If you’d told me five years ago that I would be saying that Twitter is my professional development best friend, I would have laughed in your face. But here I am saying that Twitter is amazing and I have learned so much from the past couple weeks of use.
I’m a current masters student at the University of Houston, taking a class on Integrating Technology into the Curriculum. Part of this class required participation in a Twitter Slow Chat put on by ISTE (International Society for Technology in Education). I’ve heard of Twitter chats before. Plenty of my undergrad professors at Kent State encouraged us to participate in chats put on by NCTE (National Council of Teachers of English) or other similar professional organizations. I was reluctant because I was just never super comfortable with Twitter. I know Facebook. I like Facebook. Honestly, I’ve only in the past year gotten into using Instagram. (Yeah, I know, I’m a bad millenial.)
I do have a smattering of experience with Twitter before this class. I created an account during the election with the hopes of following news organizations (and my husband’s live debate tweets), but that fizzled out quickly. I tried in my first year of teaching to create a class Twitter to send reminders to my Twitter-obsessed students, but after seeing some of their Twitter pages, I decided that was a bad idea. A very bad idea. *shudder* Then I discovered Remind anyway. Much less frightening.
But, hey, now it’s a class requirement. No more putting off Twitter. It’s time to give it a real go. I didn’t know what I was missing. I think my problem with Twitter in the past was simply that I never really knew how to utilize it. Continue reading
In case you haven’t noticed, there’s a clear theme to my methodology lately: student engagement. You can be the best teacher in the world, but if the students aren’t listening, you’re wasting your effort. And I hate wasted effort.
I’ve found that technology is a great way to increase engagement. It, like all things, has its drawbacks, and I, like all teachers, have struggled to use it effectively. But these past few weeks have really been eye-opening to the possibilities of using technology beyond simply having students submit their work through Schoology (though Schoology’s discussion posts can be great for getting those quiet kids to participate freely in discussion, and they’re perfect exit tickets).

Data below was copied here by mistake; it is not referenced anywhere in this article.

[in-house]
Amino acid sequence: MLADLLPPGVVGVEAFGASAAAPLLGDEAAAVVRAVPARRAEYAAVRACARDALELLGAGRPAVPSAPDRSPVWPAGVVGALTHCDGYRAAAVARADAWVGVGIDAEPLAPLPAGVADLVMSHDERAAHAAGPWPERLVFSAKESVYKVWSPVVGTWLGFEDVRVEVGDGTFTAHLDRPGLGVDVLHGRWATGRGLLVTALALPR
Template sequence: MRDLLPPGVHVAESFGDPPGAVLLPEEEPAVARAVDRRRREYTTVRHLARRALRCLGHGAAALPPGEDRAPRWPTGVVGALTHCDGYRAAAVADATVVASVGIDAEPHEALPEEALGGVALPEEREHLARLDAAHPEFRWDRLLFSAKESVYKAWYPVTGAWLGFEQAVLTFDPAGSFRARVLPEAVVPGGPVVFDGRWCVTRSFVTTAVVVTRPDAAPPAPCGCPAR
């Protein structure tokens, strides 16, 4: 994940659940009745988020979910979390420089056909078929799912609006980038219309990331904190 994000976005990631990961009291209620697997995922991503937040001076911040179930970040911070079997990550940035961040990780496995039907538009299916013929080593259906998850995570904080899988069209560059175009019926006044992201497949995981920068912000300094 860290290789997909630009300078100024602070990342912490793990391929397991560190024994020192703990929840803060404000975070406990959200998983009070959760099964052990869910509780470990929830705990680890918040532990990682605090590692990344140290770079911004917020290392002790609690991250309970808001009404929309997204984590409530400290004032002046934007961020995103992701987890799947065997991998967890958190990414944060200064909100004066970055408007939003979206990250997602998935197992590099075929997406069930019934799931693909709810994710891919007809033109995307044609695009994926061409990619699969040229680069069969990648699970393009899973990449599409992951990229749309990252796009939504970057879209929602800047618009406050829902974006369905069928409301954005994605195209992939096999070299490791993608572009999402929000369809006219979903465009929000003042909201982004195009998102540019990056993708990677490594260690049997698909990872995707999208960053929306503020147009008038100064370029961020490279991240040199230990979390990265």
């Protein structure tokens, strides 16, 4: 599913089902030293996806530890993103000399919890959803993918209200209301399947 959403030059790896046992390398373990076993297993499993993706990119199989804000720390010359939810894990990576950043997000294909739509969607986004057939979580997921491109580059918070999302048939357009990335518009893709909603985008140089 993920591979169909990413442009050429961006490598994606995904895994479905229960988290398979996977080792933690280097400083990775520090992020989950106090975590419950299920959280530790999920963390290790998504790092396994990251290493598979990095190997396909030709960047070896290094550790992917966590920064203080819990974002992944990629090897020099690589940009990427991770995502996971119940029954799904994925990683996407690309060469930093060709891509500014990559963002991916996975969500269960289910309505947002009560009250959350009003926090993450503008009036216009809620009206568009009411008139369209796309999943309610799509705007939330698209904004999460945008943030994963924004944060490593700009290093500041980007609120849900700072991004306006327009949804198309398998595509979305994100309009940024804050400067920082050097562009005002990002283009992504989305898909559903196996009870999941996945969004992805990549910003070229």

The second way I’ve realized that I can really get students engaged is just getting them up out of their seats. Now, you can’t just tell them all to stand up and move around without a purpose, but giving them a task that requires them to move around, even if it’s just relocating to a new part of the room, gets them engaged and leaves them no ability to hide at their desk. I’ll be honest, I am only one teacher and they are many students. When we’re doing deskwork, there have been times that a kid managed to get away with not actually doing any of the work, and I didn’t realize it until after school. Getting them up and moving around makes it more obvious if kids try to not participate. Honestly, from what I’ve seen (especially in my Persuasion Matchup activity) when the students are moving around, they don’t want to not participate (sorry about the double negative). They want to work!
Taking these two major ideas, technology and movement, I decided to try a new tool in my classroom today: Quizlet Live.
It is AWESOME. Continue reading